You see but you do not observe.
—Sherlock Holmes to Dr. Watson, A Scandal in Bohemia
Sherlock Holmes, the famous fictional detective, wrote only rarely for publication about his cases; he left the writing to his friend Dr. John Watson. But in solving the strange and complex crimes that came his way, Holmes regularly used all of the writer’s powers you’ve been experimenting with. He astonished Dr. Watson at their first meeting by telling the good doctor, quite correctly, “You have been in Afghanistan, I perceive.”9 Close and precise observation was the foundation of Holmes’s method. Then he would draw his inferences based on those observations. (As he later explained to Dr. Watson, he observed him closely when they were introduced, noticing that Watson’s face was tanned, though his wrists were pale, and that he was holding his arm stiffly as if it had been injured. From these and other details Holmes rapidly concluded that Watson had been a medical doctor in Afghanistan, where English troops were then engaged.)
When inference alone did not suffice, Holmes would search his memory for expertise he had acquired which would give him the information he needed. Though Holmes never graduated from college, he educated himself in the areas he knew would help him in his work: He made chemical experiments; he carefully studied footprints; and he made a scientific study of pipe, cigar, and cigarette tobaccos, so that he could identify at a glance a bit of ash left behind at a crime scene. He was a relentless collector of information about people and things, and had in his sitting room what amounted to his own personal encyclopedia. So, for example, when the King of Bohemia came to consult him about the adventuress Irene Adler, Holmes had only to look into his files to find her biography “sandwiched between that of a Hebrew rabbi and that of a staff-commander who had written a monograph upon the deep-sea fishes.”10 And when he did not have the information he needed already, Holmes knew how to direct his curiosity to give him the right questions; and he knew how to do research—at a newspaper office, for instance—to get the information he needed.
Holmes also knew how to use his imagination to put himself in the place of the criminal and imagine how he or she had proceeded. Imagination, he often remarked, was essential to a good detective, and he scorned the Scotland Yard detectives who frequently consulted him for their lack of it.
No one who has read any of the Holmes stories can fail to notice that Holmes knew how to use his subconscious. Time after time Watson describes him as withdrawing into a kind of waking dream-state, half-dozing on his couch or idly scratching at his violin. And it was after he had meditated in this way upon all the material his other faculties had given him that he would suddenly come to himself and state—to his friend’s amazement—“Ah, Watson, I have it now.”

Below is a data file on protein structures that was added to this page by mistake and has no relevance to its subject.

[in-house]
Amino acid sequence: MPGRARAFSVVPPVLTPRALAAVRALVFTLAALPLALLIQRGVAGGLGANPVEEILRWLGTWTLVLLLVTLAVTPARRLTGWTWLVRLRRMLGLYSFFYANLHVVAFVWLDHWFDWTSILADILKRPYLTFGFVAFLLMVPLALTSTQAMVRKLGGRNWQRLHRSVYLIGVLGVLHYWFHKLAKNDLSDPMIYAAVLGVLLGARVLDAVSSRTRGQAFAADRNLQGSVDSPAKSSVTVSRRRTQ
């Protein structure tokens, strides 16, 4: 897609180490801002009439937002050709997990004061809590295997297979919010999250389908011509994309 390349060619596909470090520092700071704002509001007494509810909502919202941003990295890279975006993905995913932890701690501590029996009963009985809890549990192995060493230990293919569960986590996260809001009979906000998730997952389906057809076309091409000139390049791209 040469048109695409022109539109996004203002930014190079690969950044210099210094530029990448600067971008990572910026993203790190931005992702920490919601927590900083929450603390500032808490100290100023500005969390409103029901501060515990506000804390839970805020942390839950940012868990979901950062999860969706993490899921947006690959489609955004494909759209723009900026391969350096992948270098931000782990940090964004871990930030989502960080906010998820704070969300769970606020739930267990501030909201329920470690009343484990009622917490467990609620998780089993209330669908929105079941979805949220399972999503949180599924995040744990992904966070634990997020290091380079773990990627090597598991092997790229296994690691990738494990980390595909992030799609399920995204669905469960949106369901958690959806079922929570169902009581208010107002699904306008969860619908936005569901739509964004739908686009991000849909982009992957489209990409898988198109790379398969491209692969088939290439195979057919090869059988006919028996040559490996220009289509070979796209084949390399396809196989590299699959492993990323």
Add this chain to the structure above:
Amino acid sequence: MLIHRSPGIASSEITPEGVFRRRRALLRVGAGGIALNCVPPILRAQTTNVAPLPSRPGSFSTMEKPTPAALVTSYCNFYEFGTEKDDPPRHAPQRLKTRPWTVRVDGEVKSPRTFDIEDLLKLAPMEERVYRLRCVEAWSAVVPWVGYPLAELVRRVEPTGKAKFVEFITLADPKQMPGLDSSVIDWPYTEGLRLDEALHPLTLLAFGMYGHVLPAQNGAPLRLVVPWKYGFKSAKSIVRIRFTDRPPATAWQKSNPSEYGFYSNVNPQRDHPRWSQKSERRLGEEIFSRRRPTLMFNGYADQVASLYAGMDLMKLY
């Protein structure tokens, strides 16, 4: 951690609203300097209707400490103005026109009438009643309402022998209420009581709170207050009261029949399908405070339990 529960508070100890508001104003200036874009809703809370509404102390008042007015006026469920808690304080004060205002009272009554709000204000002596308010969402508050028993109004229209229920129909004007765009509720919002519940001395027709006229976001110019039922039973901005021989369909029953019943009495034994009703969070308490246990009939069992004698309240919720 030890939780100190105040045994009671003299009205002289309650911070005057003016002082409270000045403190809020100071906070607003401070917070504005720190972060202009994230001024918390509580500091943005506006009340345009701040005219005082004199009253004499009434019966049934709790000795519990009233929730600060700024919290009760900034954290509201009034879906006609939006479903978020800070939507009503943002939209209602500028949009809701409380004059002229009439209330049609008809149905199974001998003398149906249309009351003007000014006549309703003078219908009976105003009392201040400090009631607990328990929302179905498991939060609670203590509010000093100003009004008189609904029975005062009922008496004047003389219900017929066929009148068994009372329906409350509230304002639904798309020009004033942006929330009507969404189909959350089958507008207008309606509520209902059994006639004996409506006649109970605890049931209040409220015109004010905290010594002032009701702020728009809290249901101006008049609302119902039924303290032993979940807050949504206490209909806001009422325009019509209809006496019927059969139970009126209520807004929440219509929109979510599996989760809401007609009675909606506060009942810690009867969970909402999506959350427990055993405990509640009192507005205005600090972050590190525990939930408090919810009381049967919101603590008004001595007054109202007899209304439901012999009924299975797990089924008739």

Though not a writer himself, Holmes is a model of a person who kept his powers sharp through constant exercise, and who knew how to bring them together to solve particular problems. (Apparently Sir Arthur Conan Doyle, Holmes’s creator, based him on a real person—Dr. Joseph Bell, a surgeon in Edinburgh who had been one of Conan Doyle’s teachers in medical school.)
As you gather and develop your own material, you will naturally use more than one of your powers. You may also enjoy the following practice, a writing “game” inspired by Sherlock Holmes, to get you in the habit of allowing your different powers to collaborate.
PRACTICE: Be Sherlock Holmes: Use All Your Powers
Begin with making some observations in a particular place. (Write them down in your notebook.) Then consider, on paper: What do your observations tell you about the people or things you are observing there? (For instance, if you notice that a person on the street is walking very fast, you might conclude that he is in a hurry, perhaps late for an appointment.)
Now search your memory and your expertise for information that might tell you more about whatever it is you are observing. Bring your curiosity to bear as well: What questions come to your mind about what you have observed? How could you answer them? (Perhaps the man is smoking a cigarette; perhaps that makes you wonder how many people still smoke; perhaps when you get home you will do some research on the Internet to see if you can find the answer to this question.)
You can also bring your imagination to your observations. What does your imagination want to do with the details you’ve collected?
Once you’ve allowed your faculties to collaborate in this way, let your subconscious take over for a while. Let your mind rest and give it a chance to take in everything you’ve given it. Then come back to your notebook and do some writing—see what happens. You can let the writing go anywhere it wants; or, if you’ve gotten an idea for a particular direction you’d like to explore, keep your writing going in that direction.
The goal here is not to come up with a finished piece of writing—though that may happen—but to get used to what it can feel like to allow your writer’s faculties to collaborate.